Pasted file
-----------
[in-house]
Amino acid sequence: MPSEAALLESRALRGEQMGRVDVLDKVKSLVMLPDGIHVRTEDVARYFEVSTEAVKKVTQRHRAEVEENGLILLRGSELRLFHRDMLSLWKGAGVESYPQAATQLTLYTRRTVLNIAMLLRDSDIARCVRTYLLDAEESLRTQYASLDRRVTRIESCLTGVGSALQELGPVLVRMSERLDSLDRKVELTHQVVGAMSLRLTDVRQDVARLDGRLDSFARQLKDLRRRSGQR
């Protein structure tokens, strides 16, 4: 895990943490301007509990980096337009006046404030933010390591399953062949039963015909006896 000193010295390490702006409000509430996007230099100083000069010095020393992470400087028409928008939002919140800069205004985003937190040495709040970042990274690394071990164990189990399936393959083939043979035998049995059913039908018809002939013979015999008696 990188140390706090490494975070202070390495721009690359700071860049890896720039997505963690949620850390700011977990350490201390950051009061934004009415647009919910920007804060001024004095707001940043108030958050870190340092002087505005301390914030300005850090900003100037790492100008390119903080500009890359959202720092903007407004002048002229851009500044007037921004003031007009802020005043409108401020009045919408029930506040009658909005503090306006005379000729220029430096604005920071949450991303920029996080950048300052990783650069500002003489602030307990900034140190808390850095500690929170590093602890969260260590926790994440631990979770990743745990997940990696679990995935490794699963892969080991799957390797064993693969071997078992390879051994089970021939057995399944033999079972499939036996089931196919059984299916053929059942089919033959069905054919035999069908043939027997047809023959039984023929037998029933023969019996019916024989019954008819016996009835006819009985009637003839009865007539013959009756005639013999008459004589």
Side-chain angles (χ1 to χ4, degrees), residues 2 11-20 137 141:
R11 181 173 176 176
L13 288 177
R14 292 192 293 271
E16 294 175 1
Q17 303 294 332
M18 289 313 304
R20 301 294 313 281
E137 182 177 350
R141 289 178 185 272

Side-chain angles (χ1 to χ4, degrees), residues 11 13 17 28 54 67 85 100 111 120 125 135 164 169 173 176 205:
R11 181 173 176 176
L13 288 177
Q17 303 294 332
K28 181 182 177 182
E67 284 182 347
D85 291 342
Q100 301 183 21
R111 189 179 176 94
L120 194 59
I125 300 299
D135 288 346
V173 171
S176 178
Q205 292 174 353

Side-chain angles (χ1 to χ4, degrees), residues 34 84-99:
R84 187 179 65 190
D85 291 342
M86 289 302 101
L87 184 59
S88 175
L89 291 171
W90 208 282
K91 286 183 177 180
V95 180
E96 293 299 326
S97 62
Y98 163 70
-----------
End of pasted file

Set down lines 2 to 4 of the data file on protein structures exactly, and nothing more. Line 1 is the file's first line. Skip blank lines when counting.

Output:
Amino acid sequence: MPSEAALLESRALRGEQMGRVDVLDKVKSLVMLPDGIHVRTEDVARYFEVSTEAVKKVTQRHRAEVEENGLILLRGSELRLFHRDMLSLWKGAGVESYPQAATQLTLYTRRTVLNIAMLLRDSDIARCVRTYLLDAEESLRTQYASLDRRVTRIESCLTGVGSALQELGPVLVRMSERLDSLDRKVELTHQVVGAMSLRLTDVRQDVARLDGRLDSFARQLKDLRRRSGQR
């Protein structure tokens, strides 16, 4: 895990943490301007509990980096337009006046404030933010390591399953062949039963015909006896 000193010295390490702006409000509430996007230099100083000069010095020393992470400087028409928008939002919140800069205004985003937190040495709040970042990274690394071990164990189990399936393959083939043979035998049995059913039908018809002939013979015999008696 990188140390706090490494975070202070390495721009690359700071860049890896720039997505963690949620850390700011977990350490201390950051009061934004009415647009919910920007804060001024004095707001940043108030958050870190340092002087505005301390914030300005850090900003100037790492100008390119903080500009890359959202720092903007407004002048002229851009500044007037921004003031007009802020005043409108401020009045919408029930506040009658909005503090306006005379000729220029430096604005920071949450991303920029996080950048300052990783650069500002003489602030307990900034140190808390850095500690929170590093602890969260260590926790994440631990979770990743745990997940990696679990995935490794699963892969080991799957390797064993693969071997078992390879051994089970021939057995399944033999079972499939036996089931196919059984299916053929059942089919033959069905054919035999069908043939027997047809023959039984023929037998029933023969019996019916024989019954008819016996009835006819009985009637003839009865007539013959009756005639013999008459004589």
Side-chain angles (χ1 to χ4, degrees), residues 2 11-20 137 141: